TWELVES: The implementation was very well executed (we built the grid — hardware and software — from scratch). The grid enabled us to run significantly more simulation than we could otherwise have done, which leads to a better understanding of system dynamics and more optimized system design. The result of this for our business unit customers is reduced physical testing, which means lower development cost and faster time to market.
Gt: Have you used the grid for other projects since then? If so, what have you used it for?
TWELVES: The grid is our single portal to all our analysis resources. It is used for all our analysis work.
Gt: Have you experienced any significant challenges (technical or cultural) during, or as a result of, your grid deployment? How were they resolved?
TWELVES: The biggest challenge was in gaining user acceptance. We were asking people to change the way they did their job to some extent. We recognized this at the outset and concentrated on this aspect to ensure it would not be a problem. We also worked hard to address any technical issues that arose as quickly as possible and deliver valued enhancements made by the users, either by ourselves (using our KBE techniques) or via United Devices as product enhancements.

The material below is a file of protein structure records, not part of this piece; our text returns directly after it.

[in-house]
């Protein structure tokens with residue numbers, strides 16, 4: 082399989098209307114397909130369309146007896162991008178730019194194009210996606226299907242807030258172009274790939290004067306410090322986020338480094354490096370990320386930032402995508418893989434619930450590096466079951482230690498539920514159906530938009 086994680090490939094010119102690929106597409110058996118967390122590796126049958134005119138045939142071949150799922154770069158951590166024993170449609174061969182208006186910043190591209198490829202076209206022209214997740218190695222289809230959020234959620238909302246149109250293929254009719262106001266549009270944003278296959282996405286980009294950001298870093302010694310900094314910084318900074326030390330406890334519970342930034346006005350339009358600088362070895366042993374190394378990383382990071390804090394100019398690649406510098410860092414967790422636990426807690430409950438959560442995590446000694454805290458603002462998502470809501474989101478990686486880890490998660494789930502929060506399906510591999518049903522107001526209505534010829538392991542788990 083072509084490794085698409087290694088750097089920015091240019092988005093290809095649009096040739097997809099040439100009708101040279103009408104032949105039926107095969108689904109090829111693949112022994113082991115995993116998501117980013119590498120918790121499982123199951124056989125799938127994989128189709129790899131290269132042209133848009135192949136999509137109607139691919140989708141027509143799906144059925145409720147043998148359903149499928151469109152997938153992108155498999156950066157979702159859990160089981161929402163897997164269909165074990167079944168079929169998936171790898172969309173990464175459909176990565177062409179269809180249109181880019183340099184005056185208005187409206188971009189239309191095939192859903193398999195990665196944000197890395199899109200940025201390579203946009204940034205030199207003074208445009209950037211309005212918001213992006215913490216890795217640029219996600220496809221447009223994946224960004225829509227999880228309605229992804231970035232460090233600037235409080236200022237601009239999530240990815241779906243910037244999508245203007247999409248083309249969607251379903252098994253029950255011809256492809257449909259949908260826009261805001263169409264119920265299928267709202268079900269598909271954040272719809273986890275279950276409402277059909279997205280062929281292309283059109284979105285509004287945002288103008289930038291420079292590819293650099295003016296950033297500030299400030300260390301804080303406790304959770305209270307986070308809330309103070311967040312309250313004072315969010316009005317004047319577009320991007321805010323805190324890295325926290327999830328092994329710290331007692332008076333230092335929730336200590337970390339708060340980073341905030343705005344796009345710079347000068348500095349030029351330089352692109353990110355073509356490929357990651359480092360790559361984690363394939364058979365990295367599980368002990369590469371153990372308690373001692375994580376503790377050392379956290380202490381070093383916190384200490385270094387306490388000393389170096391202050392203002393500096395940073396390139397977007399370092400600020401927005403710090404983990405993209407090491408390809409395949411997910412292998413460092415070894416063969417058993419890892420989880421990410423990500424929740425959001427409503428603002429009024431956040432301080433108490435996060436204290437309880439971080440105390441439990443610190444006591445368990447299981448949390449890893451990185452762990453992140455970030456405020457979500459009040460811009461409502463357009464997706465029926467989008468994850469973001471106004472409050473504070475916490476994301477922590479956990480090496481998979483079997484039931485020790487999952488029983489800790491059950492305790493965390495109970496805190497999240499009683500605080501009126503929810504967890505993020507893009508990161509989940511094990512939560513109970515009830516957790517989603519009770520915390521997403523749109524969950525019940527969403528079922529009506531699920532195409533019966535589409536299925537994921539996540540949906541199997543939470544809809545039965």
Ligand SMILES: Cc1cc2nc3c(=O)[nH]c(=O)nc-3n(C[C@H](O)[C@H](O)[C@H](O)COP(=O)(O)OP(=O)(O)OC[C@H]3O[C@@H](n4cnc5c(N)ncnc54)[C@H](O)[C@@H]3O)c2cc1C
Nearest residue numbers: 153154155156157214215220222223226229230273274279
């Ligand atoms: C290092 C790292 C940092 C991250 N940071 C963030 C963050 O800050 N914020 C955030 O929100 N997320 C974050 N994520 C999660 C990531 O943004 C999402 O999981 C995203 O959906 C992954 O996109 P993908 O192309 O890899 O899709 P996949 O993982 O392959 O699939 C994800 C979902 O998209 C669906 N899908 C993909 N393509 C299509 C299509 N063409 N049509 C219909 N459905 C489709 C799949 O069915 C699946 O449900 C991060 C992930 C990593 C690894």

Gt: Overall, how much has the use of Grid computing improved the work being done at Corus Automotive?
TWELVES: There are two extremes — we can do the same amount of simulation as we used to do in significantly less time because of the automated resource management, so we can deliver project faster, which means we should be able to do more. The other end of the spectrum is to take the same time as previously, but do significantly more simulation, leading to more highly optimized product. The ideal is somewhere in between, where both ourselves and the customers see big benefits.
Gt: What kinds of plans do you have for the future in terms of grid use?
TWELVES: Highly optimized designs is one thing, but these are digital and a risk of being highly optimized is that when we get into the real world and apply manufacturing tolerances and variations, the product doesn't perform as well as we have predicted because it isn't exactly the same as the simulation model. We are looking at optimized robust designs, that is a design that will continue to perform well even when subjected to manufacturing variations. This requires significantly more compute resource than just optimizing a design, so is ideally suited for Grid. I think that this area will be a big growth and demand on the grid as we move forward.
Gt: You first started your Grid implementation with GridXpert, correct? From your perspective, was it a smooth transition when GridXpert was acquired by United Devices?
TWELVES: It was very smooth. Before the acquisition, UD visited us to talk about the acquisition, both to get a customer perspective of GridXpert but also to reassure us of their intentions for the product. I saw the acquisition as being a positive step forward.
Gt: How has it been working with UD?
TWELVES: UD are very easy to work with. At a day-to-day level, we are working with the same people we worked with when it was GridXpert, but it's easy to see the extra capability and resources UD have been able to bring.